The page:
Fort Wayne will be feeling the love today.
More than 200 people are registered for Young Leaders of Northeast Indiana’s “My City Summit,” a conference on loving the place you live.
“It’s designed by and for young adults, to get young adults more attracted to and engaged with the community,” organizer Michael Barranda said. “It’s to encourage people to not only just to love your community but to give back to the community, volunteer in the community, be engaged in the community. Be passionate, a champion for your community, but also serve your community.”
Speakers at the event, which runs from 11:30 a.m. to 6 p.m. at Grand Wayne Center, include Dr. Katherine Loflin, radio show host of “Place Matters,” and Peter Kageyama, author of “For the Love of Cities” and co-founder of the Creative Cities Summit.
In addition, there will be breakout sessions such as “My City Without Silos” on being open and inclusive; “Defining Leadership”; “Getting Politically Engaged Without Running for Office”; “Putting Your Passion to Work”; and the premier of “Citizen Wayne,” a video showcase of local venues, places, and points of interest as a way to market the cultural, recreational and entertainment assets of Fort Wayne to young adults.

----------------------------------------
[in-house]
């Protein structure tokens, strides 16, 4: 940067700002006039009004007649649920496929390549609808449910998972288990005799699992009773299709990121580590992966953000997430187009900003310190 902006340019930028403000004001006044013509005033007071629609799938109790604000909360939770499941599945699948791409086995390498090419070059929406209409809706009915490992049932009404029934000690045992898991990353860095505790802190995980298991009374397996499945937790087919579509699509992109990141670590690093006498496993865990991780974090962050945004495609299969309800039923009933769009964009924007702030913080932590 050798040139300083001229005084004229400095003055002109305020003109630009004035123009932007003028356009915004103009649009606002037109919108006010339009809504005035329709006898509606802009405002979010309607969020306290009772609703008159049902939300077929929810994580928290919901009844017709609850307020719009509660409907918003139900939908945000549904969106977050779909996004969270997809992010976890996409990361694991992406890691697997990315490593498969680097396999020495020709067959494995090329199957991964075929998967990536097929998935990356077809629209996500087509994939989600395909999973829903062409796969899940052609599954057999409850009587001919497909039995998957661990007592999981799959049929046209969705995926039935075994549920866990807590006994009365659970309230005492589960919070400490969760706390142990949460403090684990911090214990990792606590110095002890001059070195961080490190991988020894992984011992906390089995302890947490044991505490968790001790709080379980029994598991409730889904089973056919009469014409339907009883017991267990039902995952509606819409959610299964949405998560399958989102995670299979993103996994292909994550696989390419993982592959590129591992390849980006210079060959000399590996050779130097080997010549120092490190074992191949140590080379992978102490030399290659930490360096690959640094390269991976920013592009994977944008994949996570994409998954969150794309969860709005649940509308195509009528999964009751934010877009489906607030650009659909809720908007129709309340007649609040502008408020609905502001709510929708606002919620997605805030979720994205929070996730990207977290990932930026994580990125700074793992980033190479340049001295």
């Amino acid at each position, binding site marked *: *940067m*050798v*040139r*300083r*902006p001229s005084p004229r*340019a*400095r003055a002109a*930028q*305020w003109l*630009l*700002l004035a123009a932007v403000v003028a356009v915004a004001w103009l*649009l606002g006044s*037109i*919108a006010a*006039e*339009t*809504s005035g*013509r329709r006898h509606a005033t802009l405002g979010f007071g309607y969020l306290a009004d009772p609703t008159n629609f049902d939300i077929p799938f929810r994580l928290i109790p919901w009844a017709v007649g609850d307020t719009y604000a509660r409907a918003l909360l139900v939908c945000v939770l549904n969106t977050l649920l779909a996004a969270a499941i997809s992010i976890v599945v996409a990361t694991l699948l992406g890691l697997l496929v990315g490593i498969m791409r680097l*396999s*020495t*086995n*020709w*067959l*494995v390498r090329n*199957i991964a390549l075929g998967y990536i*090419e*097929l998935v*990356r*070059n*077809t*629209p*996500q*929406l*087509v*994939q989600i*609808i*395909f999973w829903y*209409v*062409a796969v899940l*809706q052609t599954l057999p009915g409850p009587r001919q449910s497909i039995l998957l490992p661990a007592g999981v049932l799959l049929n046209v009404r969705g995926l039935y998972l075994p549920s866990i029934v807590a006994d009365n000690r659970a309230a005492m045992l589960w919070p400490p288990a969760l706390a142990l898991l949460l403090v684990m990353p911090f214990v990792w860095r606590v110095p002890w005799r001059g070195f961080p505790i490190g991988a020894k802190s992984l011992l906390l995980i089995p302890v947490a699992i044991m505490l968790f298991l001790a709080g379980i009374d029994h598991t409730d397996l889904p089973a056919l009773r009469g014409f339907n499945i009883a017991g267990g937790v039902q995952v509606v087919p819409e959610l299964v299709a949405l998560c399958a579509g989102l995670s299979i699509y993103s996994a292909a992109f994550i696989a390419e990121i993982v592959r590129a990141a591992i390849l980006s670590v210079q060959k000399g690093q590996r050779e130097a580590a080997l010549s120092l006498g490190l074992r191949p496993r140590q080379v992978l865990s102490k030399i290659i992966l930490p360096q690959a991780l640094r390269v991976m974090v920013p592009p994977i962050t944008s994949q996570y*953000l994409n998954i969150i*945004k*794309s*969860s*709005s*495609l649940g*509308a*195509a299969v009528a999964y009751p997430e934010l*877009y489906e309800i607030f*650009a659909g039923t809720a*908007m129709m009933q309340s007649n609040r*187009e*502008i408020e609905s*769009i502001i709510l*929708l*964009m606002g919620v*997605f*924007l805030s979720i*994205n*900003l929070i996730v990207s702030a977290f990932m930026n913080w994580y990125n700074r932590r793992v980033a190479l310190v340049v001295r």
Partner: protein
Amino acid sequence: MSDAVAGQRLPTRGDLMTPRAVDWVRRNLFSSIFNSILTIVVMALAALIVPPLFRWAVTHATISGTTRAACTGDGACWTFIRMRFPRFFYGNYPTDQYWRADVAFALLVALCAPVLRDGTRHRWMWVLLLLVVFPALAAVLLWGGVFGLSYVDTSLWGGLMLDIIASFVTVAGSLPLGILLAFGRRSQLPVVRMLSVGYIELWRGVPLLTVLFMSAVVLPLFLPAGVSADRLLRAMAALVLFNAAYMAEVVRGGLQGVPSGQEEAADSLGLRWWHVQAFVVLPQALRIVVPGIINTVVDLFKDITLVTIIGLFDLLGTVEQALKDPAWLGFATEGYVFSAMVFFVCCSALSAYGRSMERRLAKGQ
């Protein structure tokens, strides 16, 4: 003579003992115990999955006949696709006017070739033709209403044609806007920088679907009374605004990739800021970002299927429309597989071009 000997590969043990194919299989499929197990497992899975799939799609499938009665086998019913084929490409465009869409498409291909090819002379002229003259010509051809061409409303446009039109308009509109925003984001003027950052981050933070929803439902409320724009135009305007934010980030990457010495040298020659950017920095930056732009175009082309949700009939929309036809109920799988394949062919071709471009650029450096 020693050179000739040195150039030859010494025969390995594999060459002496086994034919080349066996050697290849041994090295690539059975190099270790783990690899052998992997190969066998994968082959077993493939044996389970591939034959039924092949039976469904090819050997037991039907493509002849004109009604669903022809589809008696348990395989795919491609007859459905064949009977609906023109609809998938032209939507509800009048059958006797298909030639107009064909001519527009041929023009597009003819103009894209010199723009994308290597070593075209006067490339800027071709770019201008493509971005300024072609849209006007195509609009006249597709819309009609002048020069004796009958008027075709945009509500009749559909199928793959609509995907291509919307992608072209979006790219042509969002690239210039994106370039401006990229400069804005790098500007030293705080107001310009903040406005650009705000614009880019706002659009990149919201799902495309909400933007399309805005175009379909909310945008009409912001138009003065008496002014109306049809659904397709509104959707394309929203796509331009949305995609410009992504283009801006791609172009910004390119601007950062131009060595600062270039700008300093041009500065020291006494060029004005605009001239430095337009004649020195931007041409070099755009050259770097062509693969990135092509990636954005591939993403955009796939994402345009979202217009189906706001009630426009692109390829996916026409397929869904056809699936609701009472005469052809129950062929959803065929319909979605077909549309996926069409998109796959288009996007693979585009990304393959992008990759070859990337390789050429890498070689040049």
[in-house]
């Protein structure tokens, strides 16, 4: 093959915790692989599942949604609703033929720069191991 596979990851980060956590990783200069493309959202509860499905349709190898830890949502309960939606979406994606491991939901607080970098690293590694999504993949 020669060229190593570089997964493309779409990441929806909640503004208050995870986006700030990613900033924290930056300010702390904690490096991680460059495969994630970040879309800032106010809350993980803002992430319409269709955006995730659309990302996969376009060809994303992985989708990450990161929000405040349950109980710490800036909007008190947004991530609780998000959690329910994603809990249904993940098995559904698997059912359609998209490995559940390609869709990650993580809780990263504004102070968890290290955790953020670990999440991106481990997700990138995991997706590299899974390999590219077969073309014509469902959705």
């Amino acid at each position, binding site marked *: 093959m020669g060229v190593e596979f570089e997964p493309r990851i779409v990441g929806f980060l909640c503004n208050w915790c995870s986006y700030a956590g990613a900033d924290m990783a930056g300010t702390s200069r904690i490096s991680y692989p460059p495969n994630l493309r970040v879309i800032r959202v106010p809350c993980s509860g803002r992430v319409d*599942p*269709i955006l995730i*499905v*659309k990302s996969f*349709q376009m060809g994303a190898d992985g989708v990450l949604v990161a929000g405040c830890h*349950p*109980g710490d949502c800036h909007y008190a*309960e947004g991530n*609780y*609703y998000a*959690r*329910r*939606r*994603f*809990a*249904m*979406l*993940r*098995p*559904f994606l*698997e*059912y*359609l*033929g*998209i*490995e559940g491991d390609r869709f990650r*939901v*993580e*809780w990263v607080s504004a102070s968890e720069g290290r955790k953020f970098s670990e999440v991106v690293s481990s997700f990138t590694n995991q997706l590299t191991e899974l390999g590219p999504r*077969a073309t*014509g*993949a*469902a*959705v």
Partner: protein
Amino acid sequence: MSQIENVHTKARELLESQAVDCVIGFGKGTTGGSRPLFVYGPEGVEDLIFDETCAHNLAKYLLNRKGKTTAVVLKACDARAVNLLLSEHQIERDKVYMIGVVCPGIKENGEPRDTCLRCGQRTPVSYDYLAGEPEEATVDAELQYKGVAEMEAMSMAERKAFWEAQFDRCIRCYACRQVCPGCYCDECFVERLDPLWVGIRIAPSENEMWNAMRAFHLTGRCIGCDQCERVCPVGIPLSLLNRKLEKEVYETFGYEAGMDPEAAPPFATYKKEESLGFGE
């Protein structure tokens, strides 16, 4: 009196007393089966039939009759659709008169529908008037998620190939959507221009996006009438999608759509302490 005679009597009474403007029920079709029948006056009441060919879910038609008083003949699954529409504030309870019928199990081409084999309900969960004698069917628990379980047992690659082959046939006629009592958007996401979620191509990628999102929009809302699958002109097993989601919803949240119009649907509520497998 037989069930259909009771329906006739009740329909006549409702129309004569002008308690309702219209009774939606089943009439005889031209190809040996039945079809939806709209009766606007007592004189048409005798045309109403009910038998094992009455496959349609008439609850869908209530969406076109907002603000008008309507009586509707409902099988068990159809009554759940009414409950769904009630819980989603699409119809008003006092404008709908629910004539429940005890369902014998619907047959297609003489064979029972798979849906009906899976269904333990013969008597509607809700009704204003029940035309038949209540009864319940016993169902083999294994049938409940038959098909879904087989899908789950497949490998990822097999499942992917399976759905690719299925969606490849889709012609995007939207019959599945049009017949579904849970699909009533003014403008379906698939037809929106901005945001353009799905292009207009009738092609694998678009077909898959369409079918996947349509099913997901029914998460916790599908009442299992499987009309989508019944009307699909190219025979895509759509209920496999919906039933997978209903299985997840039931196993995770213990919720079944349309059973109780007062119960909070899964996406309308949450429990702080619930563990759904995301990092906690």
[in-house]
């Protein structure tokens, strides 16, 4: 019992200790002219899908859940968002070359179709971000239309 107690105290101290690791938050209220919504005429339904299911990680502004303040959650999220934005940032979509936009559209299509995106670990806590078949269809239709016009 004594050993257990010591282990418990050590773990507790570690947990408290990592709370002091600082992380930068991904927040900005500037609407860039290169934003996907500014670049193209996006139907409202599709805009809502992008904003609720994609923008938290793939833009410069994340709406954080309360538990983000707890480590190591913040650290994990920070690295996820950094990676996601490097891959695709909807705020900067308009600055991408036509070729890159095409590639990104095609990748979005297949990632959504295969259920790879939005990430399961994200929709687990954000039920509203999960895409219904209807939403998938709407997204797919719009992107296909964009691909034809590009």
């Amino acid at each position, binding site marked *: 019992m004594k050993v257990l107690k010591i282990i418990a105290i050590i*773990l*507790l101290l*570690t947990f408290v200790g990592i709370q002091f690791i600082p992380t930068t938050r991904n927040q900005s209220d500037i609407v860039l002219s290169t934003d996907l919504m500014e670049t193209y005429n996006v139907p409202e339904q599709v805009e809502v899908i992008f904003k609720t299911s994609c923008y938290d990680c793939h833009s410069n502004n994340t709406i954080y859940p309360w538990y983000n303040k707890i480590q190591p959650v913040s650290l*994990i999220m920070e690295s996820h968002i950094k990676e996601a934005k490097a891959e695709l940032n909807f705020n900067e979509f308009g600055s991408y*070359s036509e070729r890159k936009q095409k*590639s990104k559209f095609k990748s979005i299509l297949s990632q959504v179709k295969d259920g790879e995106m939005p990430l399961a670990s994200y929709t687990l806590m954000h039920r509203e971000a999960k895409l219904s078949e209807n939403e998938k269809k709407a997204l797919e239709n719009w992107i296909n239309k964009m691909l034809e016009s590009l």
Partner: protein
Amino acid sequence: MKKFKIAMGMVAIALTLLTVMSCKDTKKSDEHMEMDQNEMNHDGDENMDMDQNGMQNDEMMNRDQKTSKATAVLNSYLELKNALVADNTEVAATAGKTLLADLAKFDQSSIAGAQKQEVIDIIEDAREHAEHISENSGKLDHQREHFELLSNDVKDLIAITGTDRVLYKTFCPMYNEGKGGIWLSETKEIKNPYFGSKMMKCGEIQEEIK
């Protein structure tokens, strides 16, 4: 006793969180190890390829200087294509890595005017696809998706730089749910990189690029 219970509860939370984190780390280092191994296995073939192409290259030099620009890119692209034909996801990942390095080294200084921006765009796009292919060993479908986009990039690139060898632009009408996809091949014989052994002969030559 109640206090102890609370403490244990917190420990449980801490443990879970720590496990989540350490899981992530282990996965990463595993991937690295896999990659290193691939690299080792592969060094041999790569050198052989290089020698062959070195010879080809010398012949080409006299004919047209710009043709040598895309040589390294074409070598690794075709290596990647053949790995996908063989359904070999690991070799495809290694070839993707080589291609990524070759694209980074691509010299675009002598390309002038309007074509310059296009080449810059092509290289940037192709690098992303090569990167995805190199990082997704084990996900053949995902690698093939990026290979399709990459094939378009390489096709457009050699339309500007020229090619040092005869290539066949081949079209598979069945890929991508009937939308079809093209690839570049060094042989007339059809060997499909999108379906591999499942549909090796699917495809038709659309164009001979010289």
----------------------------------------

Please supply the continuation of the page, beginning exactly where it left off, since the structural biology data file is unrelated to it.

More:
Barranda said the conference is not intended to persuade people to love Fort Wayne – anyone scheduled to take a half-day off work and pay $25 to attend likely already loves the city.
“If they’re going to show up to the summit they’re not the curmudgeons to begin with,” Barranda said. “It’s about reinforcing that love. It’s about putting those feelings to work.”
He said critics laughed at the idea, saying they would be lucky to get 100 people to attend.
Instead, more than 200 had registered as of Thursday, and Barranda said they were still coming in.
Registration is available at the door, but Barranda cautioned there may not be enough boxed lunches for those who do so.
The cost is $25, or $20 for YLNI members; for more information, go to ylni.org/projects/mycitysummit.
“We want to change the perception that Fort Wayne is not open to young adults and minority groups,” Barranda said. “We want to change that Us-versus-Them mentality, change perception that current leaders aren’t open to new, young leaders stepping up. We want to provide opportunities for people to become more involved.”
The cost of the summit is being offset by a grant from the Knight Foundation’s donor-advised fund administered by the Greater Fort Wayne Community Foundation, after Knight Foundation’s research showed Fort Wayne lacks strong community attachment among young college graduates.